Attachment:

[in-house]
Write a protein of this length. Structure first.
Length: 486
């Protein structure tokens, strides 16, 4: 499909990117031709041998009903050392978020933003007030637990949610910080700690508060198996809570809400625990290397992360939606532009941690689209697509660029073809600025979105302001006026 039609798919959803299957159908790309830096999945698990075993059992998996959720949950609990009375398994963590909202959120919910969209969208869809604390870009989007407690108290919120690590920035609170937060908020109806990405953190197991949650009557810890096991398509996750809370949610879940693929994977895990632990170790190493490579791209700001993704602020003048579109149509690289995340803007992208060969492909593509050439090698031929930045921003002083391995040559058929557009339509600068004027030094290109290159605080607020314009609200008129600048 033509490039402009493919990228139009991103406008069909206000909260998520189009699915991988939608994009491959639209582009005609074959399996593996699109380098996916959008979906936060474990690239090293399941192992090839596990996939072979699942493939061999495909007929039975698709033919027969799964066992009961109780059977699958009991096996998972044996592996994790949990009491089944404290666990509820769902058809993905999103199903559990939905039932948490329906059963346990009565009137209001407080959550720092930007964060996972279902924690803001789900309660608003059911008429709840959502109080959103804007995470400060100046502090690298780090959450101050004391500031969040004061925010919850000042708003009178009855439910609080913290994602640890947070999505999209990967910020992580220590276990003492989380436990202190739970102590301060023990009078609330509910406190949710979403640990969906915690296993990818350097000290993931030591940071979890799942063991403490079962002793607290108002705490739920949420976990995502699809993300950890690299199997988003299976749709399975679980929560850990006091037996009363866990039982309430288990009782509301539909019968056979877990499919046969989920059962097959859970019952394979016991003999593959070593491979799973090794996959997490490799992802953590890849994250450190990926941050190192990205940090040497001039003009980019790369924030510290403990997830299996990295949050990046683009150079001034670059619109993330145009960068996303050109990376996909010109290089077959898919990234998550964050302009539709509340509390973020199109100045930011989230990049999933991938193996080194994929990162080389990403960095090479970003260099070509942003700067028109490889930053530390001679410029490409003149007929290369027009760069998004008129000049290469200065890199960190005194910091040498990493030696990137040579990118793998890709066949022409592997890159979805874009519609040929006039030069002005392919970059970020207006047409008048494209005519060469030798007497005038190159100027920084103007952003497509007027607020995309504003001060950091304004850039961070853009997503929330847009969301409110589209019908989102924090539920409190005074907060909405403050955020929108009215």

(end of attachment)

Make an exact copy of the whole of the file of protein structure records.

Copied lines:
[in-house]
Write a protein of this length. Structure first.
Length: 486
């Protein structure tokens, strides 16, 4: 499909990117031709041998009903050392978020933003007030637990949610910080700690508060198996809570809400625990290397992360939606532009941690689209697509660029073809600025979105302001006026 039609798919959803299957159908790309830096999945698990075993059992998996959720949950609990009375398994963590909202959120919910969209969208869809604390870009989007407690108290919120690590920035609170937060908020109806990405953190197991949650009557810890096991398509996750809370949610879940693929994977895990632990170790190493490579791209700001993704602020003048579109149509690289995340803007992208060969492909593509050439090698031929930045921003002083391995040559058929557009339509600068004027030094290109290159605080607020314009609200008129600048 033509490039402009493919990228139009991103406008069909206000909260998520189009699915991988939608994009491959639209582009005609074959399996593996699109380098996916959008979906936060474990690239090293399941192992090839596990996939072979699942493939061999495909007929039975698709033919027969799964066992009961109780059977699958009991096996998972044996592996994790949990009491089944404290666990509820769902058809993905999103199903559990939905039932948490329906059963346990009565009137209001407080959550720092930007964060996972279902924690803001789900309660608003059911008429709840959502109080959103804007995470400060100046502090690298780090959450101050004391500031969040004061925010919850000042708003009178009855439910609080913290994602640890947070999505999209990967910020992580220590276990003492989380436990202190739970102590301060023990009078609330509910406190949710979403640990969906915690296993990818350097000290993931030591940071979890799942063991403490079962002793607290108002705490739920949420976990995502699809993300950890690299199997988003299976749709399975679980929560850990006091037996009363866990039982309430288990009782509301539909019968056979877990499919046969989920059962097959859970019952394979016991003999593959070593491979799973090794996959997490490799992802953590890849994250450190990926941050190192990205940090040497001039003009980019790369924030510290403990997830299996990295949050990046683009150079001034670059619109993330145009960068996303050109990376996909010109290089077959898919990234998550964050302009539709509340509390973020199109100045930011989230990049999933991938193996080194994929990162080389990403960095090479970003260099070509942003700067028109490889930053530390001679410029490409003149007929290369027009760069998004008129000049290469200065890199960190005194910091040498990493030696990137040579990118793998890709066949022409592997890159979805874009519609040929006039030069002005392919970059970020207006047409008048494209005519060469030798007497005038190159100027920084103007952003497509007027607020995309504003001060950091304004850039961070853009997503929330847009969301409110589209019908989102924090539920409190005074907060909405403050955020929108009215």